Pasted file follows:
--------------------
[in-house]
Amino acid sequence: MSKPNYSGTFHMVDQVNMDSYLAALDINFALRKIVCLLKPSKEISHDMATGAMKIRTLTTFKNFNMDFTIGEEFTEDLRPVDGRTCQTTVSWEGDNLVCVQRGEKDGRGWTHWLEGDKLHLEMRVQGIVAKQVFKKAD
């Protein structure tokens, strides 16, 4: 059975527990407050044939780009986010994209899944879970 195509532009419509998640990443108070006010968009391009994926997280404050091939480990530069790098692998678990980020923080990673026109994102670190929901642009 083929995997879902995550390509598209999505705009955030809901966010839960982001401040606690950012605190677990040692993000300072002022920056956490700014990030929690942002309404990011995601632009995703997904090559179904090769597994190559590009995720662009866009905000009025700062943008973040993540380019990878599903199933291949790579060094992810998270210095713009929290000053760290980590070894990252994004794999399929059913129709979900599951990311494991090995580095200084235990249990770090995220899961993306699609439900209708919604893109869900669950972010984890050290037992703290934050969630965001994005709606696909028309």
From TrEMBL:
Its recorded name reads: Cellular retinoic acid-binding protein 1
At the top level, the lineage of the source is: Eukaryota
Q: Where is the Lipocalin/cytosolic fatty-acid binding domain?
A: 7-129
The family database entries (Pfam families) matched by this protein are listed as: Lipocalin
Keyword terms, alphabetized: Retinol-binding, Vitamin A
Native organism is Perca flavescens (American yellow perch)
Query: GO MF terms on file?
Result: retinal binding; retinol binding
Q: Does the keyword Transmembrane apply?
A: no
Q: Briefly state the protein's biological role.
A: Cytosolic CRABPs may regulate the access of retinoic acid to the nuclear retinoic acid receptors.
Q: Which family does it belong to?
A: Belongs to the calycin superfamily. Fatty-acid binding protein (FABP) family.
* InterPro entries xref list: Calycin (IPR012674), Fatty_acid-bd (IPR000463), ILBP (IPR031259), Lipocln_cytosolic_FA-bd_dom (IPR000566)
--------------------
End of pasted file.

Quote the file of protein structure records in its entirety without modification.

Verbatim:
[in-house]
Amino acid sequence: MSKPNYSGTFHMVDQVNMDSYLAALDINFALRKIVCLLKPSKEISHDMATGAMKIRTLTTFKNFNMDFTIGEEFTEDLRPVDGRTCQTTVSWEGDNLVCVQRGEKDGRGWTHWLEGDKLHLEMRVQGIVAKQVFKKAD
């Protein structure tokens, strides 16, 4: 059975527990407050044939780009986010994209899944879970 195509532009419509998640990443108070006010968009391009994926997280404050091939480990530069790098692998678990980020923080990673026109994102670190929901642009 083929995997879902995550390509598209999505705009955030809901966010839960982001401040606690950012605190677990040692993000300072002022920056956490700014990030929690942002309404990011995601632009995703997904090559179904090769597994190559590009995720662009866009905000009025700062943008973040993540380019990878599903199933291949790579060094992810998270210095713009929290000053760290980590070894990252994004794999399929059913129709979900599951990311494991090995580095200084235990249990770090995220899961993306699609439900209708919604893109869900669950972010984890050290037992703290934050969630965001994005709606696909028309």
From TrEMBL:
Its recorded name reads: Cellular retinoic acid-binding protein 1
At the top level, the lineage of the source is: Eukaryota
Q: Where is the Lipocalin/cytosolic fatty-acid binding domain?
A: 7-129
The family database entries (Pfam families) matched by this protein are listed as: Lipocalin
Keyword terms, alphabetized: Retinol-binding, Vitamin A
Native organism is Perca flavescens (American yellow perch)
Query: GO MF terms on file?
Result: retinal binding; retinol binding
Q: Does the keyword Transmembrane apply?
A: no
Q: Briefly state the protein's biological role.
A: Cytosolic CRABPs may regulate the access of retinoic acid to the nuclear retinoic acid receptors.
Q: Which family does it belong to?
A: Belongs to the calycin superfamily. Fatty-acid binding protein (FABP) family.
* InterPro entries xref list: Calycin (IPR012674), Fatty_acid-bd (IPR000463), ILBP (IPR031259), Lipocln_cytosolic_FA-bd_dom (IPR000566)